The strike lasted only a few weeks, but it got ugly. It sounds ridiculous to say Knight was bullied, but such was life in the NFL during the 1987 lockout for “scabs.” Knight, a man who would evolve into an intimidating pop culture tour de force, had eggs thrown at him. First-year Rams offensive tackle Robert Cox smashed the window of a van carrying replacement players after union players began rocking the van.

These incidents were common throughout the league. Frustrations were at a boiling point. Once stars such as Dallas Cowboys’ Tony Dorsett, San Francisco’s Joe Montana, the Oakland Raiders’ Howie Long and Seattle’s Steve Largent crossed the line, the NFLPA recognized the ship was sinking. “They had a weak union compared to the baseball union,” Dufresne said. “But the things they were fighting for were real.”

The strike lasted 24 days. Knight officially played two games as a Los Angeles Ram, against the Pittsburgh Steelers and against the Atlanta Falcons. Although Knight’s official stats are all but lost to history, this YouTube video compiled his official NFL stat line: eight plays, zero sacks, zero tackles and one penalty. John Robinson, Rams head coach from 1983-91, said the team had too many bodies that year between union and replacement players. He, too, has no recollection of coaching Knight.

“Suge,” said Dufresne, “was just an anonymous nobody in the surroundings.” The anonymity wouldn’t last long.


In October 1987, as the regular NFL players reported back to work, Knight’s rap sheet ballooned and his boogeyman persona began to take shape. In Los Angeles, Knight was charged with domestic violence after grabbing future ex-wife Sharitha Golden (whom he’d later implicate in Shakur’s murder) by the hair and chopping her ponytail off in the driveway of her mother’s home. That Halloween, he was arrested in Vegas for shooting a man in the wrist and in the leg, and for stealing his Nissan Maxima. With felony charges looming, Knight skated away from any serious penalty in part because of a contrite courtroom appearance and his history in the city as a famed football player. The felonies were reduced to misdemeanors: a $1,000 fine and three years probation. “I shot him with his own gun,” Knight told The Washington Post in 2007.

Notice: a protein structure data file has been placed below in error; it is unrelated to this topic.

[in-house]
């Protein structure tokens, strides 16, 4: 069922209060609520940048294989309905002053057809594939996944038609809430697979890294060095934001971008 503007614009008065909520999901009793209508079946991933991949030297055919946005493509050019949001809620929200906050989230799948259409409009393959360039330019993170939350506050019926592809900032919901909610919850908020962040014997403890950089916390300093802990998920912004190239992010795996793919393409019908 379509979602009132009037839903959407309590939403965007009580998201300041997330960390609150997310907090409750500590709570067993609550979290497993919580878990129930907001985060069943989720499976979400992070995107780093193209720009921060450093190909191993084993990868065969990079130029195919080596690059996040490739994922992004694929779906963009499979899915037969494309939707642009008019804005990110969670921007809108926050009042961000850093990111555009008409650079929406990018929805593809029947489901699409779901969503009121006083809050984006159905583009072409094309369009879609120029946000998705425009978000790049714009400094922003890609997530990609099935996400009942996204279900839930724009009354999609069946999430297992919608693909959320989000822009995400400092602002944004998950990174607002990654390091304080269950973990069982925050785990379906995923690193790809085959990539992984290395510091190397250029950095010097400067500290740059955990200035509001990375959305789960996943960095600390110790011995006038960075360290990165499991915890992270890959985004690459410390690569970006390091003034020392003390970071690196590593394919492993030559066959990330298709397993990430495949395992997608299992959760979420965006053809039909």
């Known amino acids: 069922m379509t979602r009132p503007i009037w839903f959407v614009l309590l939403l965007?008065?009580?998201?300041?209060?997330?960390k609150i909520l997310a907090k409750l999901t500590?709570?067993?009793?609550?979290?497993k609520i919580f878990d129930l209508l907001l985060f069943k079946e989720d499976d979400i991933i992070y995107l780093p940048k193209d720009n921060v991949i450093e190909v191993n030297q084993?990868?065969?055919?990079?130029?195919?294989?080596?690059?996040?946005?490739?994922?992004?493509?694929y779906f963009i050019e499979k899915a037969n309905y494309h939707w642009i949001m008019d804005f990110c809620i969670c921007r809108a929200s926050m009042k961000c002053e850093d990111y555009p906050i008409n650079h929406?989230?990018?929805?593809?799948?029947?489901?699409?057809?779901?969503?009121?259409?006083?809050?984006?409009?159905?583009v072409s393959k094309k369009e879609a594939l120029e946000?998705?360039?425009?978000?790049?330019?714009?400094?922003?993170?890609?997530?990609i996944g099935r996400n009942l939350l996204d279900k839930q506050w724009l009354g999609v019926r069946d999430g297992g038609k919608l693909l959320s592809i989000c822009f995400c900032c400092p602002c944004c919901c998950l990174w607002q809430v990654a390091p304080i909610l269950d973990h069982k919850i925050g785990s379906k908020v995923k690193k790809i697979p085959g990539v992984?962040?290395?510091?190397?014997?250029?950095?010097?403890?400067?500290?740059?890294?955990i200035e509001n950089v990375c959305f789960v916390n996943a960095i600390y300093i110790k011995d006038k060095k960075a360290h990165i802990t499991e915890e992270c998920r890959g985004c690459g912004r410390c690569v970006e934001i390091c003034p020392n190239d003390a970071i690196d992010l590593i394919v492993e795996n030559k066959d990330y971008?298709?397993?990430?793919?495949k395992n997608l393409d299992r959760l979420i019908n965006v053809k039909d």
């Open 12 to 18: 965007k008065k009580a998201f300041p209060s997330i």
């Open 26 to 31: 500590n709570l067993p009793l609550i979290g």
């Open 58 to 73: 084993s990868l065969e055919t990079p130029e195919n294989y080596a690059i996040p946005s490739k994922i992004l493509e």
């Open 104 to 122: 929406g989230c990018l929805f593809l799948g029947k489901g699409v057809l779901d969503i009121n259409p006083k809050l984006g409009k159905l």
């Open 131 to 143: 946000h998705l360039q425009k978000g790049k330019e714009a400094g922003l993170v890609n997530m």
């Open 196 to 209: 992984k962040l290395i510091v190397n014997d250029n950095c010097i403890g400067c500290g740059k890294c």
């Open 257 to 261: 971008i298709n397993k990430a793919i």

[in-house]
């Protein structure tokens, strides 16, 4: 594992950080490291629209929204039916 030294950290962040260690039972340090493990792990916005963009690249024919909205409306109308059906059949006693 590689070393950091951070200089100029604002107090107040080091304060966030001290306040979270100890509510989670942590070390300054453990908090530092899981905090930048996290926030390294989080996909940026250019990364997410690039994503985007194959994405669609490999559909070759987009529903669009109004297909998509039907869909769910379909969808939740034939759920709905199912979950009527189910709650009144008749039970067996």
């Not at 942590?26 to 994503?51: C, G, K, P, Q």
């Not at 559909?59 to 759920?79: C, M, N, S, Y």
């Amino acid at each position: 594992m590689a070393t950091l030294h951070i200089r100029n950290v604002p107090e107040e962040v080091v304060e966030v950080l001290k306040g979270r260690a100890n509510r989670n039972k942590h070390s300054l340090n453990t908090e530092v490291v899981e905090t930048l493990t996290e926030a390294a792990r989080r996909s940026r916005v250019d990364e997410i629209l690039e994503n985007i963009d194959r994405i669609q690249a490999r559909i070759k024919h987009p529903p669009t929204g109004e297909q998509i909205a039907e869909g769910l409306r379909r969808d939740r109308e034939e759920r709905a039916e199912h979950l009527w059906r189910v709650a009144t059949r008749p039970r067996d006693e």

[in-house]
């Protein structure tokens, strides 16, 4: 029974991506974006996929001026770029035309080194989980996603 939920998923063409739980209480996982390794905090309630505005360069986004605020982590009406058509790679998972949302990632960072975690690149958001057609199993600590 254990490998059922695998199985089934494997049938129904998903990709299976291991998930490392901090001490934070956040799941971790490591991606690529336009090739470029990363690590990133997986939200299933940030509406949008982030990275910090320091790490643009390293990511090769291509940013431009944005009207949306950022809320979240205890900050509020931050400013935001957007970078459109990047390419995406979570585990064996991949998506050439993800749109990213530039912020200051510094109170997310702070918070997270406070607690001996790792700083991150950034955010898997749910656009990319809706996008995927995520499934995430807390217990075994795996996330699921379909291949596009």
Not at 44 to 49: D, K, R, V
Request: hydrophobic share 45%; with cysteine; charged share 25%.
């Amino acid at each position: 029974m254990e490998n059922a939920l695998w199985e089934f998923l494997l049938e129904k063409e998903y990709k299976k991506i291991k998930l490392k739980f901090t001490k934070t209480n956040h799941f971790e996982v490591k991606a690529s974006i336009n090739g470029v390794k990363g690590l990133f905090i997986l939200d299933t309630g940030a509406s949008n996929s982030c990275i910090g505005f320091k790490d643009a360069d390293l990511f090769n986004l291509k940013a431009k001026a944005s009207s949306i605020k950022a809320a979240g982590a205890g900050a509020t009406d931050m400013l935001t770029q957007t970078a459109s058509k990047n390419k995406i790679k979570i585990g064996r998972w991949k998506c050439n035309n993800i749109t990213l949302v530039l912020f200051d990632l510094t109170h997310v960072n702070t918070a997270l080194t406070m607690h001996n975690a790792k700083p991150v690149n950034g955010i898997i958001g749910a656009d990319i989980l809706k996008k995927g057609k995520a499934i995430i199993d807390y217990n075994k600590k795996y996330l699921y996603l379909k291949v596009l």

Three years later, in Vegas once again, he pleaded guilty to felony assault with a deadly weapon after pistol-whipping a man with a loaded gun and breaking his jaw. Knight again evaded serious penalty.

Knight by then was immersing himself in the music industry, serving as a bodyguard for superstars such as Bobby Brown. He eventually maneuvered his way into the circles of rappers like The D.O.C., Dr. Dre, Ice Cube and Eazy-E. Knight partnered with Dr. Dre to create Death Row Records in 1991. Dr. Dre’s 1992 The Chronic (Death Row/Priority) and Snoop Dogg’s Doggystyle (Death Row/Interscope) the following year became instant pop gospels and solidified Knight and Death Row as not only major players but also undeniable and controversial cultural focal points.

It’s been years since Coach Hyde has seen his former player. He’s not sure if he will again, but, “You can’t get me to say anything negative about Suge Knight,” he said. “Whatever somebody is accused of, he’s still a football player of mine. He’s still part of the family when I was at UNLV.” Hyde pauses momentarily, then continues, “I’m not endorsing all the certain things they accuse him of, because I really don’t know. I have no idea! He doesn’t judge me and I don’t judge him. We just have our old feelings of each other. I just think that’s what it’s all about. You don’t forget people.”

“When I watch the news, it’s like I’m watching someone else,” Jon Wolfson said. “That’s not the guy I know.”